For me, I’ve been obsessed with improvement for as long as I can remember. Maybe it was the athlete in me, I played two sports, baseball and golf. Like all sports, expertise requires repetition and golf especially is a repetition heavy sport. Around the age of 10, I became very familiar with diminishing returns. Everyday I spent golfing led to smaller and smaller improvements in my skill. Despite this, I wanted to get better all the time. So I started creating experiments. I remember I’d often hit hundreds of golf balls per day, and every few swings I’d make one slight adjustment and witness the results. As I got older, I’ve tried to apply experimentation to the rest of my life and I encourage you to try and do so as well.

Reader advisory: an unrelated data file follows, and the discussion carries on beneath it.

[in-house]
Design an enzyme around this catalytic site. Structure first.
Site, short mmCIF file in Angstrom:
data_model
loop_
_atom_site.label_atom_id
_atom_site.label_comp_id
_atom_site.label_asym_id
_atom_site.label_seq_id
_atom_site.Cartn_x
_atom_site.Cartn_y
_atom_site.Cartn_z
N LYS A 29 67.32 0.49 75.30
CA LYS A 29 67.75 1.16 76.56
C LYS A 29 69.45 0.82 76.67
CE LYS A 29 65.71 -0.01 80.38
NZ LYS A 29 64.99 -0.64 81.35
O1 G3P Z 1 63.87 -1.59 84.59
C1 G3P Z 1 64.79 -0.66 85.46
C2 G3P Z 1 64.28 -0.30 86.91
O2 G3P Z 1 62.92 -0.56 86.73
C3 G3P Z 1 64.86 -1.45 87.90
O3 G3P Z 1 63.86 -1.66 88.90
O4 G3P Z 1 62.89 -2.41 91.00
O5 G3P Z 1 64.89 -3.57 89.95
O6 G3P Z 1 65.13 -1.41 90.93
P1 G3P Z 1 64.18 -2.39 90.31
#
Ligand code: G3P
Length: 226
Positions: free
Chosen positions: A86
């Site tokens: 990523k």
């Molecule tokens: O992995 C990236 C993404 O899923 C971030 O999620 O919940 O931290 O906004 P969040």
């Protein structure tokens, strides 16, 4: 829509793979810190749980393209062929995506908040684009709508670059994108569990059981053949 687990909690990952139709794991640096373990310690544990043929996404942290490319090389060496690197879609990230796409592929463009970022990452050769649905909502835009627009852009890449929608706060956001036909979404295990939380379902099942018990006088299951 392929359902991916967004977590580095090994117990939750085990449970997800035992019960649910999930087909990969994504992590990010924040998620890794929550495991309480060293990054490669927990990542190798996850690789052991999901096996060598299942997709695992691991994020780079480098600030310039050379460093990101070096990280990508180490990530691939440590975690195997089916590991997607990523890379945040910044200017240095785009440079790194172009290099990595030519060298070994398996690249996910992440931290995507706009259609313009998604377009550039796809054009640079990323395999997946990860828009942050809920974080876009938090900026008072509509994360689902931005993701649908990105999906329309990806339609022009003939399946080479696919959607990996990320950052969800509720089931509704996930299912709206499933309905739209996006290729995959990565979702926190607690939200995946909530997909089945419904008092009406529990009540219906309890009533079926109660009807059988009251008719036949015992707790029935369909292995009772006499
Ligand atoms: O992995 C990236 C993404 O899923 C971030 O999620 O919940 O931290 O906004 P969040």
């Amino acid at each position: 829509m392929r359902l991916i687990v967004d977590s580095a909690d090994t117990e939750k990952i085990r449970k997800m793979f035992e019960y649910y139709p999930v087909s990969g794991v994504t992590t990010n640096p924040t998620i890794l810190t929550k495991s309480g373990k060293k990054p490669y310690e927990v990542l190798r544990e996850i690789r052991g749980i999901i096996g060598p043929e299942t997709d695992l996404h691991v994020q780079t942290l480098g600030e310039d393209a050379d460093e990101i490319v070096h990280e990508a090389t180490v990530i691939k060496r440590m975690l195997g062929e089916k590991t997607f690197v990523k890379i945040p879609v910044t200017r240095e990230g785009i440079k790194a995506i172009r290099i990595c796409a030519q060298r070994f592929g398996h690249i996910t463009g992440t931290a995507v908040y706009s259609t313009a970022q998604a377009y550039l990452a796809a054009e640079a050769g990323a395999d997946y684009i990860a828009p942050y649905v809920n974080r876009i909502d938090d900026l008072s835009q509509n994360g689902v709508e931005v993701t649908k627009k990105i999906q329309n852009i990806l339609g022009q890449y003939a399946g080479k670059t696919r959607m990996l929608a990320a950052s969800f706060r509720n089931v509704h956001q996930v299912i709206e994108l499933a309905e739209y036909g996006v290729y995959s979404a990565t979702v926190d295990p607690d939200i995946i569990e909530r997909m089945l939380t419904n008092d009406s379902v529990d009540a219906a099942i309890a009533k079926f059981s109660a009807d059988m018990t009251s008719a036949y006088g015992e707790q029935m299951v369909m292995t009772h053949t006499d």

It’s not as daunting a task as it seems. First start with areas of your life that you’d like to improve. Write down as best you can what your current performance is. Let’s say your goal is to be more productive. You could use average # of tasks done per day as a measure of performance or you could even self rate yourself on a scale of 1-10 how productive you felt throughout the whole day. Whatever you choose, it’s important that you don’t just take one data point and then start experimenting from there. Spend 5 days, 7 days, 10 days or more in your current routine, recording your performance level each day. Once you feel that you have enough data points to find your baseline, then it’s time to start experimenting. Make a list of things you can test, sticking with the productivity theme. You could try waking up earlier, you could adjust your diet or workout schedule, you could adjust your calendar, you could try a new productivity tool. Once you have this list, pick the one item you think will have the biggest impact and then integrate it into your daily routine. It’s important that you only test one thing at a time and you try and keep the rest of your routine exactly the same as before. Each day, continue to track your performance and after a few days of experimenting, compare that to your initial average. Let’s say you were 33% more productive, before declaring victory and stamping in your mind that “X makes me a significantly more productive person” try to think of anything that could have impacted the reliability of your results, maybe one day your car broke down on the way to work or a huge project was handed to you to work on last minute. If you have true outliers like this, you can throw them out of your data set and work to collect more days of data. When running experiments on your life, it can be hard to balance time and reliability of results. As we know from statistics, the larger your sample size, the more statistically significant your results will be. But it’s often not practical to run the same experiment for months. That’s why I always try to experiment with what I think will be the lowest hanging fruit, the thing that has the potential to make the biggest impact with the least amount of incremental work. I do this because obviously I want to get better with lower effort but also the bigger the potential improvement, the sooner I can be certain my test results indicate the new way was better than the old way.